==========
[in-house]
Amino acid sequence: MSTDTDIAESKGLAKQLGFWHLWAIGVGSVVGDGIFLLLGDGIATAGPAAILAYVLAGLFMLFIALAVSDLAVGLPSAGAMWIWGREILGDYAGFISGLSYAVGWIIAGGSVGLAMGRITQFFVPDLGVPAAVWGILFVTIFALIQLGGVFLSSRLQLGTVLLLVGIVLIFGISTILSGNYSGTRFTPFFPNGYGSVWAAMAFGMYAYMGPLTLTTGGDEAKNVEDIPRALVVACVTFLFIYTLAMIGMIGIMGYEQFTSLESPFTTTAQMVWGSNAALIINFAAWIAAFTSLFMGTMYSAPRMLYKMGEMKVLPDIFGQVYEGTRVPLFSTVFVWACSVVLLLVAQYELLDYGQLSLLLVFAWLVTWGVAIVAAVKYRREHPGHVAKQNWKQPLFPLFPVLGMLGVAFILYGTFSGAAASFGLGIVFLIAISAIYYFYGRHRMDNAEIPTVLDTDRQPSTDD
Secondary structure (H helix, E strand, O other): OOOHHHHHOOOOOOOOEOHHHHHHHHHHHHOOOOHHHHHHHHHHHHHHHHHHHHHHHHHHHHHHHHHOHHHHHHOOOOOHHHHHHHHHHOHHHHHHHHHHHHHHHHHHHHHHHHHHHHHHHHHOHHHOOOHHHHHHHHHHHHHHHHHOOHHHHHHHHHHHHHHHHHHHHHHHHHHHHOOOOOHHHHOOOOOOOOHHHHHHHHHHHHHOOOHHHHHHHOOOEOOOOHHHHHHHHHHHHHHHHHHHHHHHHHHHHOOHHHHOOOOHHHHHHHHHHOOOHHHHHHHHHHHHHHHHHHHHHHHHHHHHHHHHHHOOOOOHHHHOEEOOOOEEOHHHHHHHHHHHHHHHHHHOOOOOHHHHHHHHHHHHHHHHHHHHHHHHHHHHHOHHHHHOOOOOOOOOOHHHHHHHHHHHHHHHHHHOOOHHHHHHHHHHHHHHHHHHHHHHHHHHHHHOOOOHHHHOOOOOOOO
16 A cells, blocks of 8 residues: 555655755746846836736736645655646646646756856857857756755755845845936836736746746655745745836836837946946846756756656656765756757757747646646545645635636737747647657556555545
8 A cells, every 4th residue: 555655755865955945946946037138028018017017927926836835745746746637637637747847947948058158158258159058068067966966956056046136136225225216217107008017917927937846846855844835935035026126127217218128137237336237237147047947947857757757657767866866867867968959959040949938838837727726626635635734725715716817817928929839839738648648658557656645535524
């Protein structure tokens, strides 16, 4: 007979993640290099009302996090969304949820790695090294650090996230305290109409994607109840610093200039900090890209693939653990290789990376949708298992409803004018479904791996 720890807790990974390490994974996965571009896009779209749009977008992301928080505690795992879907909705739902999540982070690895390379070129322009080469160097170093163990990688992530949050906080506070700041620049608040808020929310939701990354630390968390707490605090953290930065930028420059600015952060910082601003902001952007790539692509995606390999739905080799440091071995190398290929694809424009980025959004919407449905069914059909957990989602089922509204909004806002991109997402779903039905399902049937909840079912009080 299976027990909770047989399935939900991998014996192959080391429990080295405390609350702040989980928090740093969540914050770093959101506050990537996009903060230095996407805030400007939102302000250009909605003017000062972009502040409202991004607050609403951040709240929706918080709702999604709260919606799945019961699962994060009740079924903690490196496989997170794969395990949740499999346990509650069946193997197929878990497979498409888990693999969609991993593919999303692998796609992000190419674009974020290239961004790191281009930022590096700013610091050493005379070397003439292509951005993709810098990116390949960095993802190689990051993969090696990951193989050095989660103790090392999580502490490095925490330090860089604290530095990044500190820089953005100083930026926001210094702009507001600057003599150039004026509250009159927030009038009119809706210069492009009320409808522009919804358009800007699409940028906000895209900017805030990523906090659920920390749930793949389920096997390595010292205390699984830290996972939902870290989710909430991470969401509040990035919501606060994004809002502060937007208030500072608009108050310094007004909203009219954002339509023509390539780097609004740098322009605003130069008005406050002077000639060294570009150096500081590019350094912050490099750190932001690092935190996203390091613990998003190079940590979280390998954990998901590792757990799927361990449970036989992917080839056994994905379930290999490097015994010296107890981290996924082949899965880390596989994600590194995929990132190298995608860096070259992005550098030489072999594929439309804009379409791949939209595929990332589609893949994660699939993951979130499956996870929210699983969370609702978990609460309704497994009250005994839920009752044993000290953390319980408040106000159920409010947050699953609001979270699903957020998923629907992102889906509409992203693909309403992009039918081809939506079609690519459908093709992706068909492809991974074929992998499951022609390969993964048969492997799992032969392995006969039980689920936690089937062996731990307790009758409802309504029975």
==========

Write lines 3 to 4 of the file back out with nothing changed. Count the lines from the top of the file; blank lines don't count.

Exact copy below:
Secondary structure (H helix, E strand, O other): OOOHHHHHOOOOOOOOEOHHHHHHHHHHHHOOOOHHHHHHHHHHHHHHHHHHHHHHHHHHHHHHHHHOHHHHHHOOOOOHHHHHHHHHHOHHHHHHHHHHHHHHHHHHHHHHHHHHHHHHHHHOHHHOOOHHHHHHHHHHHHHHHHHOOHHHHHHHHHHHHHHHHHHHHHHHHHHHHOOOOOHHHHOOOOOOOOHHHHHHHHHHHHHOOOHHHHHHHOOOEOOOOHHHHHHHHHHHHHHHHHHHHHHHHHHHHOOHHHHOOOOHHHHHHHHHHOOOHHHHHHHHHHHHHHHHHHHHHHHHHHHHHHHHHHOOOOOHHHHOEEOOOOEEOHHHHHHHHHHHHHHHHHHOOOOOHHHHHHHHHHHHHHHHHHHHHHHHHHHHHOHHHHHOOOOOOOOOOHHHHHHHHHHHHHHHHHHOOOHHHHHHHHHHHHHHHHHHHHHHHHHHHHHOOOOHHHHOOOOOOOO
16 A cells, blocks of 8 residues: 555655755746846836736736645655646646646756856857857756755755845845936836736746746655745745836836837946946846756756656656765756757757747646646545645635636737747647657556555545